"If art IS to nourish the roots of our culture, society must set

the artist free to follow his vision wherever it takes him"    JFK

L.A. Dance Project checked in with Paul Schimmel, the former Chief Curator of MOCA and Partner and Vice President of Hauser Wirth & Schimmel, a multi-disciplinary art center to open in Downtown Los Angeles in 2015, to discuss the state of art in Los Angeles. In the exclusive interview Schimmel elaborates about the collaboration between L.A. Dance Project and artist Sterling Ruby, the future of art in Downtown L.A., and his vision for the future of arts in L.A.

First presented at The Theatre at Ace Hotel earlier this year, the collaboration between Ruby and L.A. Dance Project will be a highlight of the program presented for the company’s New York City debut next week at Brooklyn Academy of Music.

L.A. Dance Project has collaborated with Los Angeles-based artist Sterling Ruby for the company’s show at The Theatre at Ace Hotel. From your perspective, would you elaborate on Ruby’s work and significance?

P.S. Sterling’s broadly varied practices can be characterized by his taking an almost strident approach to non-hierarchical materials. Painting and sculpture are considered as significant as ceramics, collage and found materials.

Throughout his career, he has been interested in exploring the entire range of that which comes out of popular culture, subcultures and high art simultaneously. He has often privileged those materials which are, in a sense, abject–whether through the use of graffiti and street techniques for painting, or the use of distressed or soiled cloths or ceramics that are made through the process of destruction.

Creation and destruction are inextricably tied, and while he pushes the boundaries between various media and art forms, his work is deeply grounded in formalism and the history of abstract art. He has brought to the 21st century a practice with an idealism and sensibility similar to that of the Arts and Crafts movement of the late 19th and early 20th centuries; like then, his studio is less a factory and more a collection of workshops.

Ace’s opening of The Theatre at Ace Hotel, formerly the United Artists Theatre, is especially poignant, given their commitment to preserving the space’s history, and to cultivating arts and culture. Do you think there is a case to be made for thinking of venue owners as curators?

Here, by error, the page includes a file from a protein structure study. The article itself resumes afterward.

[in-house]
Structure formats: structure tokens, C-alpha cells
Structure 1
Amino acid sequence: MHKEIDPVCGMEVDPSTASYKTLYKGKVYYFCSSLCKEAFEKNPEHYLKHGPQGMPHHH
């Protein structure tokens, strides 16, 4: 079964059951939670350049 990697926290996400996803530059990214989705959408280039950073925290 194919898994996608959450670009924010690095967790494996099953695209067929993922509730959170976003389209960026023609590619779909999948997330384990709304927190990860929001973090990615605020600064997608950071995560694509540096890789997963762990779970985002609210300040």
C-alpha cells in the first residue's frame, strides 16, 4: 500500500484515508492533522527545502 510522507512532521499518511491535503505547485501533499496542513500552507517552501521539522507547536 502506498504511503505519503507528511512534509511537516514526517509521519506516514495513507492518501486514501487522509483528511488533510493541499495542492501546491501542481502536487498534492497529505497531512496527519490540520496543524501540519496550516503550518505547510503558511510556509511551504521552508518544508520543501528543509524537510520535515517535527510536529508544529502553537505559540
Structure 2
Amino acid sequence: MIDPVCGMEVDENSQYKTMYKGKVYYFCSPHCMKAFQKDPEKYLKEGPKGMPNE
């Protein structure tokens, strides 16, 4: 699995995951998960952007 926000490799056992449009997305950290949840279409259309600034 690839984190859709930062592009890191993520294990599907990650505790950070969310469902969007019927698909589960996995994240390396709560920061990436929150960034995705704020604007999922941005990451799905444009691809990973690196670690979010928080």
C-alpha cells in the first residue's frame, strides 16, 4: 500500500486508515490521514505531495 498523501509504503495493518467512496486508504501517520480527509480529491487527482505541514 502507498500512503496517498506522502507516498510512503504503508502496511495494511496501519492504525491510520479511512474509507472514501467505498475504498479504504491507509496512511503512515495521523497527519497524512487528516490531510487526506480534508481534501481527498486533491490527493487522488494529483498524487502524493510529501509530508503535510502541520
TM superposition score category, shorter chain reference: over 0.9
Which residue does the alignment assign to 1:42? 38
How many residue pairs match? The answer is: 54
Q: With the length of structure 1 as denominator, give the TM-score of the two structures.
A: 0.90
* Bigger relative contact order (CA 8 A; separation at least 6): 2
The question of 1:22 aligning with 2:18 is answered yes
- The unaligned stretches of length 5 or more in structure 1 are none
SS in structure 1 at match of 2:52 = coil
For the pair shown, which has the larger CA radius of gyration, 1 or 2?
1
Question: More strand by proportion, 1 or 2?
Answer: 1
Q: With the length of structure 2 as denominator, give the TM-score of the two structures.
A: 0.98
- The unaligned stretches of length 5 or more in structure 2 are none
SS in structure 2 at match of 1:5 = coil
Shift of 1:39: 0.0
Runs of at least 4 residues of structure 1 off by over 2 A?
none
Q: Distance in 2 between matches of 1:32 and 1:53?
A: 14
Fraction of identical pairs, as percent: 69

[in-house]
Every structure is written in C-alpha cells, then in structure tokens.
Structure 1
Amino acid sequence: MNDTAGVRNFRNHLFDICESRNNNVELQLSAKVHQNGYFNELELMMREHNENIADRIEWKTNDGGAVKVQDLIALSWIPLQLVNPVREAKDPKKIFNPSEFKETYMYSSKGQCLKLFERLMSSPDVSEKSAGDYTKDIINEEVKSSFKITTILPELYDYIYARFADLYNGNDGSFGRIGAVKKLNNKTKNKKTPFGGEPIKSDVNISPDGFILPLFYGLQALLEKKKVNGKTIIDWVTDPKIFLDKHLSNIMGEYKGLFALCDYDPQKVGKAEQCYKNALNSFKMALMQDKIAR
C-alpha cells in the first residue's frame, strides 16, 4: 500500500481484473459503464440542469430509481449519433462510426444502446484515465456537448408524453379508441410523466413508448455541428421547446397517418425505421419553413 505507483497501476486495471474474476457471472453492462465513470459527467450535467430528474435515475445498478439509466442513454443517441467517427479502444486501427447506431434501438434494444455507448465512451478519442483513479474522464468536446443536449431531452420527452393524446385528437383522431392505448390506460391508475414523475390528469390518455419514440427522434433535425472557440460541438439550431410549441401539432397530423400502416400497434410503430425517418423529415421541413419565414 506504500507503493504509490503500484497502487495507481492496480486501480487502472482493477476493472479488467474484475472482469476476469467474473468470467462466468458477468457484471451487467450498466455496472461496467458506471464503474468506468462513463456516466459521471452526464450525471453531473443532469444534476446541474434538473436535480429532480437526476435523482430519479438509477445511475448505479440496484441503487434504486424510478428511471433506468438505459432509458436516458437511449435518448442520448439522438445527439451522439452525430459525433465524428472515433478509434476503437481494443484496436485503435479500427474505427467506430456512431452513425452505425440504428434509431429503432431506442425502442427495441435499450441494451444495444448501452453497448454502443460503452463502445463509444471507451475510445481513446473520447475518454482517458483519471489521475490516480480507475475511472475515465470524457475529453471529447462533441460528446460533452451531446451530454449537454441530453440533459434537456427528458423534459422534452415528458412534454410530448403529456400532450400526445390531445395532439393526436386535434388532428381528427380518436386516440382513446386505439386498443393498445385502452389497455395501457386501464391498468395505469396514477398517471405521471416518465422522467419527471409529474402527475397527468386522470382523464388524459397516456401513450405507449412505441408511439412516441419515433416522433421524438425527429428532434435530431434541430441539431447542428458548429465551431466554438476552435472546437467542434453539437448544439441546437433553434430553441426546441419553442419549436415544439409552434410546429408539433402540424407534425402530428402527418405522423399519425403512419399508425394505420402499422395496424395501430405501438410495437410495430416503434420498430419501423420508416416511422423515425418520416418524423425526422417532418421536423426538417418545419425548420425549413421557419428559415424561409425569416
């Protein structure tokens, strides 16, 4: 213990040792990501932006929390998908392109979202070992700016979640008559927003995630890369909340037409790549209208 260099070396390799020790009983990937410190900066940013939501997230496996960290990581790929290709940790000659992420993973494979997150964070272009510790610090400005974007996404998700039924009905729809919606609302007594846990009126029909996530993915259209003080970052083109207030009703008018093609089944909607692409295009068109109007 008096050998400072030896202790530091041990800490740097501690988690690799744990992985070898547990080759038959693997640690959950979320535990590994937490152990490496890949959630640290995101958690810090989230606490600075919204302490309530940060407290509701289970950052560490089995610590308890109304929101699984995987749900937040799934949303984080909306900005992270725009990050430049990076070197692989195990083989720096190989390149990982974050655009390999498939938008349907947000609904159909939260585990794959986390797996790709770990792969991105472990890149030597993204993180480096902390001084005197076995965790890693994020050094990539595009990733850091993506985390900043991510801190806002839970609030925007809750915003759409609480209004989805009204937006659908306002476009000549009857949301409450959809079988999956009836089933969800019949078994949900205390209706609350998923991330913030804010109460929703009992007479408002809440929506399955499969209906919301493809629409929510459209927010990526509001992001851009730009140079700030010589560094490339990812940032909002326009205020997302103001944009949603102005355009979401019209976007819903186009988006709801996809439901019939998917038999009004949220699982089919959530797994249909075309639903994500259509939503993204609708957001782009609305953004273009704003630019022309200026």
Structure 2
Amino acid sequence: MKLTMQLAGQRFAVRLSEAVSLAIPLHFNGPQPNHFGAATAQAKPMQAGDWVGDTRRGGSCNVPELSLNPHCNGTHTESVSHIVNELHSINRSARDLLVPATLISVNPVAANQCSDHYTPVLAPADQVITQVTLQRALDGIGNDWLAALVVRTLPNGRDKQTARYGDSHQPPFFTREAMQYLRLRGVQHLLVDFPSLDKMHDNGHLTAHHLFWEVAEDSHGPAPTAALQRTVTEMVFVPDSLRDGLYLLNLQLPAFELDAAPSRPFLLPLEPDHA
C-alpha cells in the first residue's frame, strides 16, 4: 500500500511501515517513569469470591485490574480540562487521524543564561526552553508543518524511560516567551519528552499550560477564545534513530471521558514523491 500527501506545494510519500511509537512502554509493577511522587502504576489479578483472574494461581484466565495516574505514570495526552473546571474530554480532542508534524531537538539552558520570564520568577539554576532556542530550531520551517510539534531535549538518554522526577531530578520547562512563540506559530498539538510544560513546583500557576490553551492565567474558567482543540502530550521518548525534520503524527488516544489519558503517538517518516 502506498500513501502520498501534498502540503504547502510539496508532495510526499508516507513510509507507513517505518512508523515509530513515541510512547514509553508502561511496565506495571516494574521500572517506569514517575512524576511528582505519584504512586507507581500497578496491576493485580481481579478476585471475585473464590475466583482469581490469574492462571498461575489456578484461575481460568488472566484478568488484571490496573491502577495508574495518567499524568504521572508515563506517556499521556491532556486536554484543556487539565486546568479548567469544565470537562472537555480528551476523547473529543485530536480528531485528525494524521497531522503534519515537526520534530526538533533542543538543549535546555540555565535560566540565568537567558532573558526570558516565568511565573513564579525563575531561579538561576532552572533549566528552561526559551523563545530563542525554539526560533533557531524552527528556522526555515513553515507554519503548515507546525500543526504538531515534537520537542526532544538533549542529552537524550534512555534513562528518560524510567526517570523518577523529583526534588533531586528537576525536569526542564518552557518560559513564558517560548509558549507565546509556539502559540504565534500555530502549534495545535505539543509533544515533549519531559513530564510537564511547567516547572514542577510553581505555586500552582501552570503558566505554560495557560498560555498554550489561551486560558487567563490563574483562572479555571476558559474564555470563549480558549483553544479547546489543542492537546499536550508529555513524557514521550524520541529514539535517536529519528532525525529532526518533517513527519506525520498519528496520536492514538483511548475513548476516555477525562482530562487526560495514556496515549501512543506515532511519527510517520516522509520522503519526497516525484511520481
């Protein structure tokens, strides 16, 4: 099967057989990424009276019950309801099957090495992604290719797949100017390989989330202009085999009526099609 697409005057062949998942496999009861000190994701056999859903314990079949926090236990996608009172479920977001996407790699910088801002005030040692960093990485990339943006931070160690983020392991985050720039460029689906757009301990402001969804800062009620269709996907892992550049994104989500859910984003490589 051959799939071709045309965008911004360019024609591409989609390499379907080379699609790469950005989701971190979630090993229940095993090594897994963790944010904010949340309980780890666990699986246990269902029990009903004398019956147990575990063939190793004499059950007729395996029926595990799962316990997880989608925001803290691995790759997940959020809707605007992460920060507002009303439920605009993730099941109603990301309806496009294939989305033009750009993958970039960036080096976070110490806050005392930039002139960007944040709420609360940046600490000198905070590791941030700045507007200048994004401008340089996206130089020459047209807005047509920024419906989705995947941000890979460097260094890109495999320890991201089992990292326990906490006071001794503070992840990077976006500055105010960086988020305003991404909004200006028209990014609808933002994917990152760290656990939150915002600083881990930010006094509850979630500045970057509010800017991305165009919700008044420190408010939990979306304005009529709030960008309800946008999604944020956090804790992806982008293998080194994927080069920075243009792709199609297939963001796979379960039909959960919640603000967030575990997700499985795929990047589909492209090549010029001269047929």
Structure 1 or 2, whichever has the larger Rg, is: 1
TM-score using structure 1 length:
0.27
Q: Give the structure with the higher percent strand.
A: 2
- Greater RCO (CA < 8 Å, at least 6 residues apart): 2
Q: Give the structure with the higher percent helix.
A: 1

P.S. There is no doubt that not since the 1920s and the first build-out of the Downtown area has there ever been more interest and excitement than currently exists; what first began with MOCA and the Geffen Contemporary in the 1980s has now spread throughout the area. In preserving both historical buildings and commercial warehouse spaces, Downtown is finally coming to appreciate the extraordinary resources it has in revitalizing what has been left unused or marginalized.

There appears to be a movement away from new development and toward redevelopment, which is happening in the Arts District. I believe venue owners hire curators, artists and creative individuals to activate community spaces. I certainly felt, attending the opening at the Ace Hotel and other new venues in the neighborhood, that the audience of Los Angeles that has always been looking for a cultural town center, or meeting place, is increasingly finding it in the Downtown area.

What is your vision for the arts in Los Angeles over the next ten to twenty years?

P.S. I think one big change that is taking place is that we are now not only a city that is able to develop artists through its great university and art school programs, but is also able to sustain and support those artists’ careers.

In the last 20 or so years, the artists who have emerged through that institutional system have been staying in Los Angeles. That was the first enormous change that took place in the late 80s and early 90s–that artists no longer had to go to New York or Berlin to have a career. Now, what we’re seeing and what may be of greater importance is that we are attracting artists who have studied elsewhere and are coming to Los Angeles already having established both their work and themselves to some degree.

Artists move here from all over the world because of LA’s openness to and support of new art and artists. Artists from Asia, Europe, Latin America, New York, Chicago and many other places are here because it is city that still feels much more driven by artists than by commercial or institutional entities.